FIN1007 : Renaissance to Realism: A critical investigation (Inactive)
- Inactive for Year: 2017/18
- Module Leader(s): Prof. Frances Spalding
- Other Staff: Dr Rachel Wells, Professor Vee Pollock, Dr Stephen Moonie
- Teaching Location: Newcastle City Campus
|Semester 1 Credit Value:||20|
This module is designed to introduce students to a variety of perspectives on key areas within the history of art. It encourages students to develop conceptual tools and analytical skills in relation to the appreciation and understanding of art.
Through a study of key moments in art history spanning from the Renaissance to Realism, this module introduces some of the core approaches, concepts and skills required in studying art history. The first half of the module focuses on key moments between the Renaissance and the advent of Romanticism, when there were significant shifts in the ways that artists interpreted the world around them. You will be encouraged to consider different approaches towards thinking about art objects, and to develop your skills of close visual analysis.
The second half of the module traces the development from Romanticism towards Realism in the late nineteenth-century. We will focus upon the ways in which stories of art have been constructed. You will be encouraged to consider the significance of social and political concerns for the artwork under discussion, and to make your own critical investigation of artworks by situating them within their historical contexts.
Outline Of Syllabus
The content of the course is updated and revised each year but students can expect to cover topics such as: Perspective and Naturalism in the Renaissance, iconography in the Northern Renaissance and developments in the High Renaissance; Baroque painting and sculpture; Dutch genre painting; Portraiture; Neo-classicism and Romanticism; Photography and Realism.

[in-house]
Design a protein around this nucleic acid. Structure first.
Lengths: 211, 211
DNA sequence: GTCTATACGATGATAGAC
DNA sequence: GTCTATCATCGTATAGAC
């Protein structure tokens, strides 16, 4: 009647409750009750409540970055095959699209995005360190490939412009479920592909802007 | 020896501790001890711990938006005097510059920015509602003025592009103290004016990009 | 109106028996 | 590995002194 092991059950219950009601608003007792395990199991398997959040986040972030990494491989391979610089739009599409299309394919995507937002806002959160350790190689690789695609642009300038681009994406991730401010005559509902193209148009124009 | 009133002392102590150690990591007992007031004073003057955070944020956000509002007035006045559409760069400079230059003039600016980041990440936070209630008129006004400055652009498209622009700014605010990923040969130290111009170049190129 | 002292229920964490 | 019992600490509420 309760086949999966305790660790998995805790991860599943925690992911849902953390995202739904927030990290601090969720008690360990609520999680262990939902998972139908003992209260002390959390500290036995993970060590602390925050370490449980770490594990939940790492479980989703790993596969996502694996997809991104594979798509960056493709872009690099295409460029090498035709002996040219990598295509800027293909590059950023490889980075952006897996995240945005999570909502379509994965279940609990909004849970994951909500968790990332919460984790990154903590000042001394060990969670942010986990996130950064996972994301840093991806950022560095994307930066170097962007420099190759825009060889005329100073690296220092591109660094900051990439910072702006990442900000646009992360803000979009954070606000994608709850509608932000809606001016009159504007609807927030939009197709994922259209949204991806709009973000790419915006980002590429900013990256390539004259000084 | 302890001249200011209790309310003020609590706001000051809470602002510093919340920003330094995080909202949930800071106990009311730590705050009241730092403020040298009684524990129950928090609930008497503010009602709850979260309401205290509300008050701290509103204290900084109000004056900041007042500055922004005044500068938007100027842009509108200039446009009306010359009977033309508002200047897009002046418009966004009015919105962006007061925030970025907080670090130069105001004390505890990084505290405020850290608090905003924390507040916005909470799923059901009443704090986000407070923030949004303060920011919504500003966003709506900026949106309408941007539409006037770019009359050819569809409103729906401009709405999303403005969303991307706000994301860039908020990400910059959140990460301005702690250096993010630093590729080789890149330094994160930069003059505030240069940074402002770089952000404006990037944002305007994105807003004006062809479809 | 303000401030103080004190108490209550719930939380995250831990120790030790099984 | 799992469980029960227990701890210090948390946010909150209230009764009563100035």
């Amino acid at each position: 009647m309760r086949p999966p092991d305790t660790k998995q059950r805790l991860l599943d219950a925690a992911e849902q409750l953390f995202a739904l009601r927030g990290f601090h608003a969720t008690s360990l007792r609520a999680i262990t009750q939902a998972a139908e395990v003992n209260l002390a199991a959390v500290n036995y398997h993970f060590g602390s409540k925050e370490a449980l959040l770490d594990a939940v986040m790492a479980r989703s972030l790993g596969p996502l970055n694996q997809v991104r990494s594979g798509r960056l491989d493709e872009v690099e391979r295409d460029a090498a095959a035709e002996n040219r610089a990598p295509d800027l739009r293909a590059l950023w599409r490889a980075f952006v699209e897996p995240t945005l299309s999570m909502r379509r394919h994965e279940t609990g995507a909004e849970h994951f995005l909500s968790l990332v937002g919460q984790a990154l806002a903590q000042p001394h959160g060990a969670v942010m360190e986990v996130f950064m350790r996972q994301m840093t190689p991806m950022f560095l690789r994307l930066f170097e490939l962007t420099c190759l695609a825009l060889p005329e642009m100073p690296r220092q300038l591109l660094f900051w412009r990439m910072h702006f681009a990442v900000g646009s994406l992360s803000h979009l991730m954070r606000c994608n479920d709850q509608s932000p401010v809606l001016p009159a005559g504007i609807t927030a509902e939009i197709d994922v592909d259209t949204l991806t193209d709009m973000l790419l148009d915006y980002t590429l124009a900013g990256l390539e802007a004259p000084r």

|Scheduled Learning And Teaching Activities||Lecture||22||1:00||22:00||Core teaching|
|Guided Independent Study||Assessment preparation and completion||1||60:00||60:00||Preparation for exam/essay|
|Scheduled Learning And Teaching Activities||Lecture||1||1:00||1:00||Writing Development Centre Workshop|
|Guided Independent Study||Directed research and reading||1||20:00||20:00||Preparation for seminars|
|Scheduled Learning And Teaching Activities||Small group teaching||10||1:00||10:00||Seminars|
|Scheduled Learning And Teaching Activities||Small group teaching||1||1:00||1:00||Office hour|
|Scheduled Learning And Teaching Activities||Small group teaching||2||1:00||2:00||Library workshops|
|Scheduled Learning And Teaching Activities||Fieldwork||1||3:00||3:00||Museum visits|
|Guided Independent Study||Independent study||1||81:00||81:00||N/A|
Teaching Rationale And Relationship
1. Lectures: to allow definition of the scope of the syllabus, an introduction to a body of knowledge, and modeling of the level and nature of the analysis required.
2. Seminars: to encourage interaction and the development of cognitive and key skills; to allow preparation and presentation of directed research on specific issues and case studies.
3. Tutorials: to provide feedback and analysis of the strengths and weaknesses of submitted work, and increase awareness of the potential for individual development.
4. Workshops: to encourage development of key skills in a supportive environment.
The format of resits will be determined by the Board of Examiners
|Essay||1||M||Visual analysis essay|
Assessment Rationale And Relationship
The course work affords students the opportunity to conduct research with seminar and peer support into particular areas of interest, to develop their organizational and presentation skills, and then to demonstrate their ability to think independently in using their group-work to inform their individual essay. The essay demonstrates the student’s ability to absorb and critique information and then present an argument in relation to a specific topic. It demonstrates the student’s ability to relay an argument in a clear manner using appropriate academic writing skills. The exam allows students to demonstrate the knowledge learnt throughout the course. In both the coursework and the exam there is the opportunity to demonstrate visual analysis.
- Reading List Website : rlo.ncl.ac.uk